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Wrecked

I don’t think it’s exaggerating to say that college sexual assault has reached epidemic levels in the US. The ridiculous bureaucracy with which it’s often dealt is no doubt a contributing factor. However, it’s also a complex tangle of patriarchal ideas, well-meaning but sometimes misguided advocates, survivor guilt, and lack of effective education.

On the one hand, you have girls who are exhausted from being told since birth how very careful they must be. That vigilance wears you down, especially combined with the knowledge that if a guy is really intent on raping you, no amount of tiptoeing through life is likely to stop him. To be honest, especially at high school and university age when girls are bursting with desire for experience and exploration and the fullness of life, it’s easy to reach a point where you just say “Screw this”. The point where you just want to put on some lipgloss and a dress that makes you feel sexy and go dance and drink or run through quiet streets late at night, stumbling and giggling, or swim naked in a stranger’s pool, dizzy with the idea of being caught, or or or. Anything! Just to feel the electric pulse and hum of your blood and your heart.

And on the other side, you have young men who are given such conflicting signals from society. A real man takes what he wants and doesn’t accept no for an answer. Girls secretly like you to wear down their defenses, it’s all a game. No means no, except for when it doesn’t. Nice guys finish last. Women lie, women cry rape, women try to trick you into fatherhood. And all around them, news stories of guys just like them who are convicted of rape yet serve no time because a sympathetic judge doesn’t want a poor boy’s life to be ruined by his crime. I mean, we’re living in a time where our President, the role model for the entire nation, was caught on tape bragging about sexually assaulting women…and still managed to get elected. The message that comes through most clearly to boys is that they might be ostracized in their small college bubble, but the world at large simply doesn’t care.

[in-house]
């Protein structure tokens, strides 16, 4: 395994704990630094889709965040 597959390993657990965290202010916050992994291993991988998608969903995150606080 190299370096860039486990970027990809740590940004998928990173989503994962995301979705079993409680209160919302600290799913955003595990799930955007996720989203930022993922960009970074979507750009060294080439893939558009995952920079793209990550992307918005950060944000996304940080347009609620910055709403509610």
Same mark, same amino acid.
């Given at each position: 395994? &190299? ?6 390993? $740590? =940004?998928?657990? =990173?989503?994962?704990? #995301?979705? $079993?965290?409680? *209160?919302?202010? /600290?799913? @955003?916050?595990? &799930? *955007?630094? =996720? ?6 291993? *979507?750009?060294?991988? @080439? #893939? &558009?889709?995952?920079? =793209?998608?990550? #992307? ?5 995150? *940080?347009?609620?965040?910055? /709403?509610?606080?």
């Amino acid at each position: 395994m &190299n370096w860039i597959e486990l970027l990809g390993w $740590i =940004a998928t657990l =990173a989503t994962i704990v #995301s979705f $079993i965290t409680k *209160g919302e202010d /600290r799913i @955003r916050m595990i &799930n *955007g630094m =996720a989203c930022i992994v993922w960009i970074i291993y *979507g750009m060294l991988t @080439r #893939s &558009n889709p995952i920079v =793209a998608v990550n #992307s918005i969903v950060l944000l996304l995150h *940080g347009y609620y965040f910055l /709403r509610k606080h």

Not to forget the third component, colleges which cower from bad publicity and often discourage girls from reporting their assault to law enforcement. These institutions may give a lot of lip service to protecting women and educating men, but in practice their efforts fall far short. Reputation is god and as long as you can keep students quietly placated and keep real assault statistics hidden, nothing else matters.

Wrecked by Maria Padian does an admirable job of addressing this thorny, knotted tangle of a subject. The topic is all too common- a drunken frat party, hazy recollection, he-said-she-said narratives. The steadfast equanimity with which Padian handles the recounting, however, is anything but common.

She uses the alternating voices of Richard and Haley, friends and reluctant advocates for the accused and the accuser, to draw a fair-handed portrait of the situation that points out flaws and inconsistencies in both sides without ever judging. The clear prose is as unflinching as a news report, but with more depth and nuance.

The human mind doesn’t enjoy paradoxes, which is strange considering how twistedly complex we are. But we like to choose a side, to think of truths as absolute and unwavering. One thing this book highlights so deftly is that there aren’t always hard and fast truths to be found. A girl can absolutely have been raped. A boy can absolutely believe he did not rape her. These two things can exist side by side and intertwined in the same universe.

It may not offer pat answers, but this is the sort of book that should be mandatory reading for high school students. What it does offer is a key to unlocking conversations about how we should go forward, how we build the language and understanding that stops assaults from happening. Yes it may be heart-wrenching and hard to read, but sometimes only through pain can enlightenment and change be found.